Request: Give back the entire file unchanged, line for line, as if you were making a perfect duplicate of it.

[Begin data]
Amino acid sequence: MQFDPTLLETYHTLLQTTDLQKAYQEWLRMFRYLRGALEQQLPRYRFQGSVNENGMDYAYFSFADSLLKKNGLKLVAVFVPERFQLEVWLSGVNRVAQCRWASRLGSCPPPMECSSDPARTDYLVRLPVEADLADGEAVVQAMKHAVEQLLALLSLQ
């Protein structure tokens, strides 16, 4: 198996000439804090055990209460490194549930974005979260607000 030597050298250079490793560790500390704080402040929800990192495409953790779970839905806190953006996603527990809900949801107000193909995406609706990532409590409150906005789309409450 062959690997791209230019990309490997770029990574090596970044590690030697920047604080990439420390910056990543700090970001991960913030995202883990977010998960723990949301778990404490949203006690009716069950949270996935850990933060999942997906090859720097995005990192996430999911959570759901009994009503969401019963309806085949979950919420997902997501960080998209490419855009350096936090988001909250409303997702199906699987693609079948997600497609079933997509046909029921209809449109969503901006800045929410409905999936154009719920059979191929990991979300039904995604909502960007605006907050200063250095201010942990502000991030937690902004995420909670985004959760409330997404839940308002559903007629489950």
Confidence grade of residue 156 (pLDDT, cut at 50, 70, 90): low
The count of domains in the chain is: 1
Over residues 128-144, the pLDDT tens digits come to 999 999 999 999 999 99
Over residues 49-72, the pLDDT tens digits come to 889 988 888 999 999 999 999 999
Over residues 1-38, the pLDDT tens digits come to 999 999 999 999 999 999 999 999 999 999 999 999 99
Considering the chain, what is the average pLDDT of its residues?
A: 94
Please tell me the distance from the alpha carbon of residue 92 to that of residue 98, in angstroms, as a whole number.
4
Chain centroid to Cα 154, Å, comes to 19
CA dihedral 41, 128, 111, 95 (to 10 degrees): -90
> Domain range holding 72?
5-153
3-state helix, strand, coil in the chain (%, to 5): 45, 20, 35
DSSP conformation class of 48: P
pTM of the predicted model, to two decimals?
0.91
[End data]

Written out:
Amino acid sequence: MQFDPTLLETYHTLLQTTDLQKAYQEWLRMFRYLRGALEQQLPRYRFQGSVNENGMDYAYFSFADSLLKKNGLKLVAVFVPERFQLEVWLSGVNRVAQCRWASRLGSCPPPMECSSDPARTDYLVRLPVEADLADGEAVVQAMKHAVEQLLALLSLQ
């Protein structure tokens, strides 16, 4: 198996000439804090055990209460490194549930974005979260607000 030597050298250079490793560790500390704080402040929800990192495409953790779970839905806190953006996603527990809900949801107000193909995406609706990532409590409150906005789309409450 062959690997791209230019990309490997770029990574090596970044590690030697920047604080990439420390910056990543700090970001991960913030995202883990977010998960723990949301778990404490949203006690009716069950949270996935850990933060999942997906090859720097995005990192996430999911959570759901009994009503969401019963309806085949979950919420997902997501960080998209490419855009350096936090988001909250409303997702199906699987693609079948997600497609079933997509046909029921209809449109969503901006800045929410409905999936154009719920059979191929990991979300039904995604909502960007605006907050200063250095201010942990502000991030937690902004995420909670985004959760409330997404839940308002559903007629489950």
Confidence grade of residue 156 (pLDDT, cut at 50, 70, 90): low
The count of domains in the chain is: 1
Over residues 128-144, the pLDDT tens digits come to 999 999 999 999 999 99
Over residues 49-72, the pLDDT tens digits come to 889 988 888 999 999 999 999 999
Over residues 1-38, the pLDDT tens digits come to 999 999 999 999 999 999 999 999 999 999 999 999 99
Considering the chain, what is the average pLDDT of its residues?
A: 94
Please tell me the distance from the alpha carbon of residue 92 to that of residue 98, in angstroms, as a whole number.
4
Chain centroid to Cα 154, Å, comes to 19
CA dihedral 41, 128, 111, 95 (to 10 degrees): -90
> Domain range holding 72?
5-153
3-state helix, strand, coil in the chain (%, to 5): 45, 20, 35
DSSP conformation class of 48: P
pTM of the predicted model, to two decimals?
0.91